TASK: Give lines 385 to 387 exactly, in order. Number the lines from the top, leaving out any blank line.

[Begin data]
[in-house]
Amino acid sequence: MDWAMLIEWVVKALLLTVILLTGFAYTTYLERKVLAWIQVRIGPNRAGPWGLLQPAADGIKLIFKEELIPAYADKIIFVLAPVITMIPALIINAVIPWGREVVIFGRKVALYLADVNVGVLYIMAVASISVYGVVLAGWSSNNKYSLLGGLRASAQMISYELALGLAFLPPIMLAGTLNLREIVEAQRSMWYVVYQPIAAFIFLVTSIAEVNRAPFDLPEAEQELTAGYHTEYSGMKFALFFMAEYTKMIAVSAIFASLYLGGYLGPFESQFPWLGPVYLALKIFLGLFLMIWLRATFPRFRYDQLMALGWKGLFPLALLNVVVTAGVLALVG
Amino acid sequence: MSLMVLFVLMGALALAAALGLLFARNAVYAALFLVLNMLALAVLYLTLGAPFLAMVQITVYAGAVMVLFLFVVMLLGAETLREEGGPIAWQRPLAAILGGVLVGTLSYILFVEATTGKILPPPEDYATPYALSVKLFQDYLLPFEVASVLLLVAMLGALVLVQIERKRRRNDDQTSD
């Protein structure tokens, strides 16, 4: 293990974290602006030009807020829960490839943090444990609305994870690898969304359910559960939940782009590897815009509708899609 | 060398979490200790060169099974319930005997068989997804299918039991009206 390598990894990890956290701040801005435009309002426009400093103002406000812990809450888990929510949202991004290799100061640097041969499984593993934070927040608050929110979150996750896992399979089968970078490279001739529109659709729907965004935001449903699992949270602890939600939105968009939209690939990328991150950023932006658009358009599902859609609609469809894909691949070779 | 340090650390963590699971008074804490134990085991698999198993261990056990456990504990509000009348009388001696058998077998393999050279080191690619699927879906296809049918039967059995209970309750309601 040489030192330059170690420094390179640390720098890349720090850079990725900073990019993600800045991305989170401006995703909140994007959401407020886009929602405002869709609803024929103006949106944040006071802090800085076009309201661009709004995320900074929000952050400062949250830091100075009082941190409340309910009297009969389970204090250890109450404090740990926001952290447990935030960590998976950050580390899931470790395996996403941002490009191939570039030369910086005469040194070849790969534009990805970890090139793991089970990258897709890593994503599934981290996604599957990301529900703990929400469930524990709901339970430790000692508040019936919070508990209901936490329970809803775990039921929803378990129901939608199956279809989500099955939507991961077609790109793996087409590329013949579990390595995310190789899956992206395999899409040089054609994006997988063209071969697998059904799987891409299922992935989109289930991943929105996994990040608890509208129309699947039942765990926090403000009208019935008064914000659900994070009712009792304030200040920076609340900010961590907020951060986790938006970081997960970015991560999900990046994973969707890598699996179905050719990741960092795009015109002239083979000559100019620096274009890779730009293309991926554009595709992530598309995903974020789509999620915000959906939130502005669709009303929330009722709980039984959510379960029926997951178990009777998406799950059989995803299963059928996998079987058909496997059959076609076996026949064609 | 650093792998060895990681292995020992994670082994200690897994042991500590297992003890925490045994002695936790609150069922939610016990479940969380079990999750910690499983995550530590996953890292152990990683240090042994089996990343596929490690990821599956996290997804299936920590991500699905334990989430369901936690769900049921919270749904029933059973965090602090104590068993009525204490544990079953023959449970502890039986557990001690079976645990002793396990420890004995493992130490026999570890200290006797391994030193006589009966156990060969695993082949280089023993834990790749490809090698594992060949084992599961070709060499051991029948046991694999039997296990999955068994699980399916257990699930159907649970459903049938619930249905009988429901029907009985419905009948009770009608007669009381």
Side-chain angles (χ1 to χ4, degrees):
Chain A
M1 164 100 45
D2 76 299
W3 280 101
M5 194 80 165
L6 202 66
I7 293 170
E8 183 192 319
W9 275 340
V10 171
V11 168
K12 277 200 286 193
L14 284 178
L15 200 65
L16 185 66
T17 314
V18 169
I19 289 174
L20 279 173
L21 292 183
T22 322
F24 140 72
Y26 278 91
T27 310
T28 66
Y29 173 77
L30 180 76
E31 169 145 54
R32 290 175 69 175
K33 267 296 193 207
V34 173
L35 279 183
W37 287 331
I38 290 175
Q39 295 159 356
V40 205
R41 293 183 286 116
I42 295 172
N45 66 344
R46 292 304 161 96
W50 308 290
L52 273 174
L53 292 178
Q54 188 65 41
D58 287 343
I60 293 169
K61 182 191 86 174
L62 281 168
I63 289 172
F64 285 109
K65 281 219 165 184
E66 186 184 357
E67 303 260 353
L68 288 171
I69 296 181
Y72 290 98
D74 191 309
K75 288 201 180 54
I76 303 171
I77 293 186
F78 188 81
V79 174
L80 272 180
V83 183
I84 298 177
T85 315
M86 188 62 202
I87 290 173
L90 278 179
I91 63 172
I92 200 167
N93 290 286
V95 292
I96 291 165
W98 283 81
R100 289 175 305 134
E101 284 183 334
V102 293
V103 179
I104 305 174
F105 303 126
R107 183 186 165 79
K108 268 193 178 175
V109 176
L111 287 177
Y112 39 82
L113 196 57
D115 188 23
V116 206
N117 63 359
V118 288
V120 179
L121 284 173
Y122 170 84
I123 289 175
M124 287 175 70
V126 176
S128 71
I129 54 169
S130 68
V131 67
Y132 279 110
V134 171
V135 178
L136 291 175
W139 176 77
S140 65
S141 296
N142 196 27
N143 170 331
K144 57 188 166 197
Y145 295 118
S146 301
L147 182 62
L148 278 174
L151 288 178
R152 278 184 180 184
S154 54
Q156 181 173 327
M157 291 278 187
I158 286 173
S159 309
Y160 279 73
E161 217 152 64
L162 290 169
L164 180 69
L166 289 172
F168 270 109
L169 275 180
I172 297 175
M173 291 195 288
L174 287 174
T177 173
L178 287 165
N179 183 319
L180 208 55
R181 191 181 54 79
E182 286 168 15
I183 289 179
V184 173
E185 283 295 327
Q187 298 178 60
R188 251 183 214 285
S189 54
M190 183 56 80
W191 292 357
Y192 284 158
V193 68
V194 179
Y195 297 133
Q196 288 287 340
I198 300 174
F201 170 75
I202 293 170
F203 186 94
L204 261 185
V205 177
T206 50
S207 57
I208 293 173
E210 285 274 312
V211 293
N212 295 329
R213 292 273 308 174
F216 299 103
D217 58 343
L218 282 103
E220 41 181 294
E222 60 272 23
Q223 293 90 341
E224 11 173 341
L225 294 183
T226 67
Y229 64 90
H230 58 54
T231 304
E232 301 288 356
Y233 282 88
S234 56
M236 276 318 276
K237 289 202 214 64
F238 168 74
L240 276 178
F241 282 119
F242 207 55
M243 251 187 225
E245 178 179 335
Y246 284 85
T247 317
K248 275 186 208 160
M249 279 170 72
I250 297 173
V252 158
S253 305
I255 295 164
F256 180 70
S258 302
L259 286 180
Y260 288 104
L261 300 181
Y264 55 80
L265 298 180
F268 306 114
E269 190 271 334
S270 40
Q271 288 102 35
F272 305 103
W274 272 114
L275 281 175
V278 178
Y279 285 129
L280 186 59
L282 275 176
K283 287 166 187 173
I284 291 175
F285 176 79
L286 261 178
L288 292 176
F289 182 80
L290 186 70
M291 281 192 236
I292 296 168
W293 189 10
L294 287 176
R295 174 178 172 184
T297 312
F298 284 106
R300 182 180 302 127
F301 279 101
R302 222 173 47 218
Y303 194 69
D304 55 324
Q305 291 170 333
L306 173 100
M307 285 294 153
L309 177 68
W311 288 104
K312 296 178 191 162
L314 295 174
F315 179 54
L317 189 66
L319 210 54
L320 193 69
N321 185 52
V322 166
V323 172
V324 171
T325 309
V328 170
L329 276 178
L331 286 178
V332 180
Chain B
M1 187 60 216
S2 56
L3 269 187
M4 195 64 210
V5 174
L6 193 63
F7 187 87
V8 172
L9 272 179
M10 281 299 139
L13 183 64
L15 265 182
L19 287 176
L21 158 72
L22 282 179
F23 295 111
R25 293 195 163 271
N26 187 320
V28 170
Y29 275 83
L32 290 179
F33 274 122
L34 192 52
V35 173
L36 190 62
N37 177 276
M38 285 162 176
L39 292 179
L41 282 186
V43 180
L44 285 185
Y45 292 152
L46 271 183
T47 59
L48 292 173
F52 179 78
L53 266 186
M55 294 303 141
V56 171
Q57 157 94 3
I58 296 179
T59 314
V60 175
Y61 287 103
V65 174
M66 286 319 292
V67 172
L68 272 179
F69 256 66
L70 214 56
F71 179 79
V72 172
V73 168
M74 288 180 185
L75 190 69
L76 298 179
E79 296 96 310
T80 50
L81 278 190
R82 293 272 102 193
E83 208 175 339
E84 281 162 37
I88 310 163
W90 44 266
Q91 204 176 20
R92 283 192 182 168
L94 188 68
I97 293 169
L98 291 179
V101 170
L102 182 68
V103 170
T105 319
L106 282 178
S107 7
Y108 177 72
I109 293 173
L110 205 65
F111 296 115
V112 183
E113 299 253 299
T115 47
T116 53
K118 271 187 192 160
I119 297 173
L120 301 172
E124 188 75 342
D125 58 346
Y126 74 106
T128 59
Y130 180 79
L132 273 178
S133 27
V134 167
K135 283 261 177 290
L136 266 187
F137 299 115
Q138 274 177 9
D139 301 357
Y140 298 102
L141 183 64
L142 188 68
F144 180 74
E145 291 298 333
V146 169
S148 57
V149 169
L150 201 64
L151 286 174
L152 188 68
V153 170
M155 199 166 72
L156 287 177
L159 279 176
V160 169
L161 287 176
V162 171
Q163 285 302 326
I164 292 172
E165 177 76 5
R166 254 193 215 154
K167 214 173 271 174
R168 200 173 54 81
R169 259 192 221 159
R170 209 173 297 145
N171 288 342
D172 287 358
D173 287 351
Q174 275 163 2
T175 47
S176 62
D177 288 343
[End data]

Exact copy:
D172 287 358
D173 287 351
Q174 275 163 2